Why William Regal Is Such A Valuable Asset In Pro Wrestling

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Thanks to his sudden exit from AEW for a behind-the-scenes return from WWE — his AEW release keeps him off of WWE programming until 2024 – William Regal has been one of the hottest topics of conversation in pro wrestling towards the end of 2022. If you're a newer fan and/or don't follow things too deeply, the idea that he was so desired as to be wooed away from AEW for a vice president-level position in WWE's developmental system may come out of left field. 


That goes doubly so when you consider that the most visible executive in the program is the canonical best in-ring performer in WWE history, Shawn Michaels. If you didn't see him at his peak in WCW and NJPW, you might not realize the level of wrestler that Regal was and how that can translate behind the scenes.

There's a lot more to it than that, though. Not every great talent is a great coach or mentor figure. There are some clear reasons why Regal has long been the kind of asset in building up younger wrestlers that would be so hotly desired by WWE, even setting his decades-long friendship with Paul "Triple H" Levesque aside. So let's take a look at a few of them, shall we?

Has a coach's mindset

Even if you didn't know that William Regal took a particular interest in mentoring younger wrestlers, both informally and during his time as a coach in the WWE developmental, listening to him talk about wrestling for any length of time would still make it obvious. 


In interviews, on Twitter, and on his podcast, he's always giving out all sorts of tips for aspiring wrestlers to better themselves. Not just when it comes to in-ring performance, either: It's common to see him give basic pointers on learning to cut promos and what kinds of exercises will best condition the human body for what's needed in pro wrestling.

"[Pat Barrett had] always been a great talker and his advice was simple[:] 'Get yourself in front of a mirror and practice," Regal wrote in his memoir, "Walking a Golden Mile." "Which was what I did — and I tell people starting out to do it today." It's a suggestion he's routinely reiterated over the years. Ask him about how to improve in-ring footwork and he'll suggest taking boxing lessons because of how boxing footwork transfers to even simulated ring sports.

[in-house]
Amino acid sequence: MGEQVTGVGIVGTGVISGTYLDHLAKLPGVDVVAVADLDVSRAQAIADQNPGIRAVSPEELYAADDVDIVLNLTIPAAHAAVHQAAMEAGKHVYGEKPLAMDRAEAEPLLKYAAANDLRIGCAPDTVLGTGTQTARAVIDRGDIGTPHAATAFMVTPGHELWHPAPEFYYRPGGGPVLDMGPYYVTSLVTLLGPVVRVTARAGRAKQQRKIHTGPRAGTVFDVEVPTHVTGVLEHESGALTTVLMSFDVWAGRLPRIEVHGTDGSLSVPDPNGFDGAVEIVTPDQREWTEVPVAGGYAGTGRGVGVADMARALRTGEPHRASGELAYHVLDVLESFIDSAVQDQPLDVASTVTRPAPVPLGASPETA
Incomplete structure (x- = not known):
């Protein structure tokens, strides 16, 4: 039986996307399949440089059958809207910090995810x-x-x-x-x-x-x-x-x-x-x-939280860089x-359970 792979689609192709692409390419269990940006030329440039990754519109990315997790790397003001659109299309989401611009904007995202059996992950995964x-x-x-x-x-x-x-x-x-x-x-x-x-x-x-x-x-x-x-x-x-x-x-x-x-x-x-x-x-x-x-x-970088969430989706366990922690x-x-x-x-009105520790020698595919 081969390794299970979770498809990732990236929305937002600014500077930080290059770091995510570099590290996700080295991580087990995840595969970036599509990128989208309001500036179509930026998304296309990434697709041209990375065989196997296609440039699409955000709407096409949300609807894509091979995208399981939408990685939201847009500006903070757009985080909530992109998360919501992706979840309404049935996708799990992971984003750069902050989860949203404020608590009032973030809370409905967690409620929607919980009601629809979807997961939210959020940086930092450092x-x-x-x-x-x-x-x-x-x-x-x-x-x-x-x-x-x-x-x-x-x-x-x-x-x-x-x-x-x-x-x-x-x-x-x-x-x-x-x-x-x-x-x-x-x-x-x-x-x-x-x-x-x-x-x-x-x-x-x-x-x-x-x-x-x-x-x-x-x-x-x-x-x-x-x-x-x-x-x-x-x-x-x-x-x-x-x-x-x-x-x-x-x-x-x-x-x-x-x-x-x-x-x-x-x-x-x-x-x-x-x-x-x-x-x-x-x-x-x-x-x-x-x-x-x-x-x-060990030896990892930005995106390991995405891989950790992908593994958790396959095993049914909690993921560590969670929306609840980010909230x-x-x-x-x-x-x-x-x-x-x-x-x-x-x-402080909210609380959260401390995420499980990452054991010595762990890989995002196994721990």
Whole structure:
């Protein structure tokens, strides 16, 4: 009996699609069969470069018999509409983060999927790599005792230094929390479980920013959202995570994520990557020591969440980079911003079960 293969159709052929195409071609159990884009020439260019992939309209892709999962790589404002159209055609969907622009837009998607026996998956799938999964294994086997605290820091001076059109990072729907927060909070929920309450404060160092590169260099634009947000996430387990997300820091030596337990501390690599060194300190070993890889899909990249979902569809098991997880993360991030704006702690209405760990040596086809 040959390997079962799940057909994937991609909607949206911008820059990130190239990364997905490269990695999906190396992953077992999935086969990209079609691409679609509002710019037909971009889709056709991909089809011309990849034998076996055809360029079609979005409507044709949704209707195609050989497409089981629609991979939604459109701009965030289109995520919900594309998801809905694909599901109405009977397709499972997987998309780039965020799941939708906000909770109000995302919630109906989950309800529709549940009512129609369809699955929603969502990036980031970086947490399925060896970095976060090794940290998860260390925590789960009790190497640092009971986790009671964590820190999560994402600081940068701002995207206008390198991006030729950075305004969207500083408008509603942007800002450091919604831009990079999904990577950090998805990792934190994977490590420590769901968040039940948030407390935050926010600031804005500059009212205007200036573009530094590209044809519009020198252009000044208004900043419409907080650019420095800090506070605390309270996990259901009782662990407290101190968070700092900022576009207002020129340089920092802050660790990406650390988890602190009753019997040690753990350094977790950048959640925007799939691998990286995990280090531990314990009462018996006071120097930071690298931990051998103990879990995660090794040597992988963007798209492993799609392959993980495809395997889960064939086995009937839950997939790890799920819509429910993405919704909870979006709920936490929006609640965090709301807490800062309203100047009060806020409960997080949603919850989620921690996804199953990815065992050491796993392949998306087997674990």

Ask for workout tips that will better condition a wrestler for the ring and he'll reply with some combination of Hindu Squats/Hack Squats/free squats, Hindu Push-Ups/diamond push-ups, and learning how to bridge. He'll also freely point to matches that he thinks young wrestlers should study, with his own matches sometimes being on the docket despite his relative lack of ego. He'll also beg wrestlers to stop letting opponents drop them on their heads. He's an endless resource.

Open-minded about different styles of wrestling

Pro wrestlers have historically not always been open-minded about in-ring styles other than the one they were raised in. William Regal, though, has never really subscribed to that kind of mindset. "I had several memorable matches with [Psicosis] and Rey Mysterio," he wrote of the Mexican Lucha libre standouts in his memoir. "They were smart lads and between us we worked out how to mix their high-flying moves with what I did. They weren't one-dimensional either — they knew how to wrestle. I clicked with Psicosis — he didn't speak much English so we never used to lay anything out beforehand. We'd just go in and wrestle — and it would always work."


This attitude extended to Regal's later work in WWE as a talent scout. When the other scouts were focused more on athletes without pro wrestling experience, like Gerald Brisco with collegiate wrestling and Mark Henry with strength sports, Regal was taking in the likes of Pro Wrestling Guerrilla's shows in southern California as well as events like Game Changer Wrestling's MMA-influenced Bloodsport cards. These shows featured the best unsigned talent in the world, most of whom worked very un-WWE styles in the ring. 

As much of a fierce loyalty as he has to WWE's in-ring style as well as the traditional British style he was trained in, he doesn't consider them the only way to do things.

An open book about his battle with addiction

Unfortunately, between the wear and tear as well as the party culture, addiction is particularly prevalent in professional wrestling. And though the stigma that's long come with being open about having substance abuse issues has lessened in recent years, with Jon Moxley's candor about entering rehab being one of the most visible steps of late, he wasn't the first to be so open. That distinction most likely belongs to Kerry Von Erich in 1992, but one of the most important links in the chain is William Regal.


Addiction didn't become part of Regal's on-screen persona the way that it did with the likes of Eddie Guerrero and Jeff Hardy, but his memoir, "Walking a Golden Mile" is at its best when it serves as a chronicle as a path to sobriety. The level of candor is almost startling at times, particularly in recounting stories like passing out in his first meeting with Vince McMahon and becoming a hermit who did little more than drink lots of GHB. 

It's not all doom and gloom: The book also spends a significant amount of time going over how he benefited from rehab, apart from the copious wrestling-centric sections. There are probably few better teaching aids for examining addiction in pro wrestling.